Dental Anxiety


Pediatric dentists are specially trained to create a welcoming and secure atmosphere for anxious children. We have many techniques for soothing worries and helping children to feel safe and in control.

We commonly use a method called Tell-Show-Do; we explain the procedure, demonstrate on the child’s hand and then are able to perform the procedure on the child. This reduces anxiety by eliminating the worst fear – which is fear of the unknown. Furthermore, it allows the child to feel like a participant in her or his treatment.

Parents are allowed in the operatory. In some cases, treatment can be enhanced if parents step out of the room, but this will always be at the ultimate discretion of the parent. All of our pediatric dentists make individualized treatment plans for each child.

Sedation dentistry refers to the use of sedation during dental treatment. Sedation is most commonly used during extensive procedures for patients with dental phobia or for patients who find it difficult to sit still. Chestnut Dental does offer nitrous oxide (otherwise known as laughing gas; see below), but more significant methods of sedation – oral sedatives, IV sedation, or general anesthesia – are not offered in our office. However, most of our pediatric dentists are affiliated with the Boston Children's Hospital; should sedation heavier than nitrous oxide be recommended, we can help make the appropriate arrangements for your child to be treated there. In all cases and all matters, the health and safety of your child will be our top priority.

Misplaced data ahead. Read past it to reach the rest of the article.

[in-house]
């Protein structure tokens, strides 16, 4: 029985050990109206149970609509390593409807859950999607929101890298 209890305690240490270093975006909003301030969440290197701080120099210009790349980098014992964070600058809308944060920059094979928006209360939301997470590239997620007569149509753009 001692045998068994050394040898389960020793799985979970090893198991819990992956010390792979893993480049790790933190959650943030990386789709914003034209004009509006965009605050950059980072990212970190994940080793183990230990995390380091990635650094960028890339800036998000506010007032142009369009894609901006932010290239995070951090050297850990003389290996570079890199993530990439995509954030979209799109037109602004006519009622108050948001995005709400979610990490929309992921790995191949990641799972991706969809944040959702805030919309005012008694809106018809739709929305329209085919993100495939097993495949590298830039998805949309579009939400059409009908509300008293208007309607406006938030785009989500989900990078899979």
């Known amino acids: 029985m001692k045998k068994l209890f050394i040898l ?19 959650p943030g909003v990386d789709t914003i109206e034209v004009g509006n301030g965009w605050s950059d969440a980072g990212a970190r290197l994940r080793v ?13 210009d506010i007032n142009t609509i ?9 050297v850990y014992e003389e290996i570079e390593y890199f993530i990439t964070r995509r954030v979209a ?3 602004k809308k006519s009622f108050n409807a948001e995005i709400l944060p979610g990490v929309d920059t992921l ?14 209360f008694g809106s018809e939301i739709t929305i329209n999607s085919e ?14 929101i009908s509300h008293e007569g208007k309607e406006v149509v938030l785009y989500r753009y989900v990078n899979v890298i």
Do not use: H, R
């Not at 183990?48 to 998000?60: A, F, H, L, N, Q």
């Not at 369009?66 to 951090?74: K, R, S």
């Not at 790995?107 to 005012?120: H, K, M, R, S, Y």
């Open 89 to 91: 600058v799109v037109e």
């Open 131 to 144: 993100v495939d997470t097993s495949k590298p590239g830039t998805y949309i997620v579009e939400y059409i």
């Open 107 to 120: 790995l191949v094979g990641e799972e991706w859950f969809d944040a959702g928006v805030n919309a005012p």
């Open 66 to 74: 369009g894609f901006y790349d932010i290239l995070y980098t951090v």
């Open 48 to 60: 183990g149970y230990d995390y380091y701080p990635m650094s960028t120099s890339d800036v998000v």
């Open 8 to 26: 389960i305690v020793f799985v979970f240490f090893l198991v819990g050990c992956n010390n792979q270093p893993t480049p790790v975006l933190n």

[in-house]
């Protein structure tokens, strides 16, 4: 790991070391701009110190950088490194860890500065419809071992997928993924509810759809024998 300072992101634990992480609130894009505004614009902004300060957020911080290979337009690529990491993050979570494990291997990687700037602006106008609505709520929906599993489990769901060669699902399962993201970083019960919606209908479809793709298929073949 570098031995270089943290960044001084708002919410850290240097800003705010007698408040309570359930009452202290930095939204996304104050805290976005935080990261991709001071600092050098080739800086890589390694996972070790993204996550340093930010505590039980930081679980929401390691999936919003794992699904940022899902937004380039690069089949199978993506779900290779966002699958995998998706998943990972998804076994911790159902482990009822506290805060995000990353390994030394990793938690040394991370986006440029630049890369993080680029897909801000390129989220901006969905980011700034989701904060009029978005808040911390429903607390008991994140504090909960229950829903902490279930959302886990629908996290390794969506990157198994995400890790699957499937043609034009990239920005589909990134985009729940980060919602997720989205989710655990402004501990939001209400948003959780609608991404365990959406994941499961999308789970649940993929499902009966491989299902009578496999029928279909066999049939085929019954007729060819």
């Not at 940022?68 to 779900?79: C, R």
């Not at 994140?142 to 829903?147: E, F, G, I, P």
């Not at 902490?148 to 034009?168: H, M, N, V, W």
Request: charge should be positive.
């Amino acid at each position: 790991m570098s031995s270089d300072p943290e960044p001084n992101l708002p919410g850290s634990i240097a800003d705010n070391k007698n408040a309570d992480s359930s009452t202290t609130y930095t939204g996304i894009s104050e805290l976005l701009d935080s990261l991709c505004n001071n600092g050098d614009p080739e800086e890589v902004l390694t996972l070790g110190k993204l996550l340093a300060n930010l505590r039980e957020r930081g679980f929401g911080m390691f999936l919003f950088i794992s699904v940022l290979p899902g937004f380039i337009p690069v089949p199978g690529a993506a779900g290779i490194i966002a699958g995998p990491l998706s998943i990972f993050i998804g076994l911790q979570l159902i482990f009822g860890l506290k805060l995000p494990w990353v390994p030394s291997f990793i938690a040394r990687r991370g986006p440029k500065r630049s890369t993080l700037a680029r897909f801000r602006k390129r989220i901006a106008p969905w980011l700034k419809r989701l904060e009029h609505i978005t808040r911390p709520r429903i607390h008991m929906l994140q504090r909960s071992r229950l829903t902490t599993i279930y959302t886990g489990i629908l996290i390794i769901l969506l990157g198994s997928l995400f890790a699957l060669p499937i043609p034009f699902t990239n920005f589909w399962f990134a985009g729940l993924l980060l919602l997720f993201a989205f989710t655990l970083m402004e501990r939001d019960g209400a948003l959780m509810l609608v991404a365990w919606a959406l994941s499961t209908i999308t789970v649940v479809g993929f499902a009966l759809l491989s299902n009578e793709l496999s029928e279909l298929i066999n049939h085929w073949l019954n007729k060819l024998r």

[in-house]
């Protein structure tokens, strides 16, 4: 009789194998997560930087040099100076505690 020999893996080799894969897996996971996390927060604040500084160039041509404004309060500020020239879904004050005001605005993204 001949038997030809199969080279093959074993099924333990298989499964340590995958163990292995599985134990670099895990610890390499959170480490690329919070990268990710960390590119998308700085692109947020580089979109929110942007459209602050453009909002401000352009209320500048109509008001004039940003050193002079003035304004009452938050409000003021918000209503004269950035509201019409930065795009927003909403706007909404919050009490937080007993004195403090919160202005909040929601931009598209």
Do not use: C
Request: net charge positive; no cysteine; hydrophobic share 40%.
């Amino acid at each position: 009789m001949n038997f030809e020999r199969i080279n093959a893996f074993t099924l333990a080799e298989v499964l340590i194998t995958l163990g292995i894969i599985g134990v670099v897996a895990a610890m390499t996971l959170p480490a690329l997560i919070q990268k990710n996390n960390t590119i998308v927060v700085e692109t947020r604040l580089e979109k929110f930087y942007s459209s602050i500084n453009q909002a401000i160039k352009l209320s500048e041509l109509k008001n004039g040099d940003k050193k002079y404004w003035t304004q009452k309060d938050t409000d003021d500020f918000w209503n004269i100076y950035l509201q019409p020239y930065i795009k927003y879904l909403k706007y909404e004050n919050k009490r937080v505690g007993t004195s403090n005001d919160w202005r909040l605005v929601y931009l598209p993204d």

Nitrous Oxide ("Laughing Gas”)

Chestnut Dental does offer nitrous oxide/oxygen analgesia – commonly known as "laughing gas" – for our more anxious pediatric patients.

Nitrous oxide can be used to calm a patient who has a dental phobia, low pain tolerance, physical handicaps, strong gag reflexes or needs major dental treatment. Nitrous oxide is very safe and has been used for over 100 years in medicine and dentistry. Nitrous oxide will not cause your child to sleep; rather, s/he will remain awake and responsive during the entire visit. This is not sedation or general anesthesia.

The gas is administered via a fitted mask placed over the nose. During the procedure, we administer more oxygen than children breathe in normal room air. This ensures a wide margin of safety. Local anesthetic is administered once the nitrous oxide administration has started. The effects of the gas (relaxation and reduced pain sensation) will last only a few minutes after the nitrous oxide is turned off, and 100% oxygen is given at the end of the procedure. Your child will be able to resume normal activities after the procedure – except for any activities we ask you to avoid, according to the nature of the dental treatment. Nitrous oxide rarely has side effects, although some patients may experience minor nausea and constipation. Your doctor will provide you with pre-and post-nitrous oxide/oxygen analgesia instructions.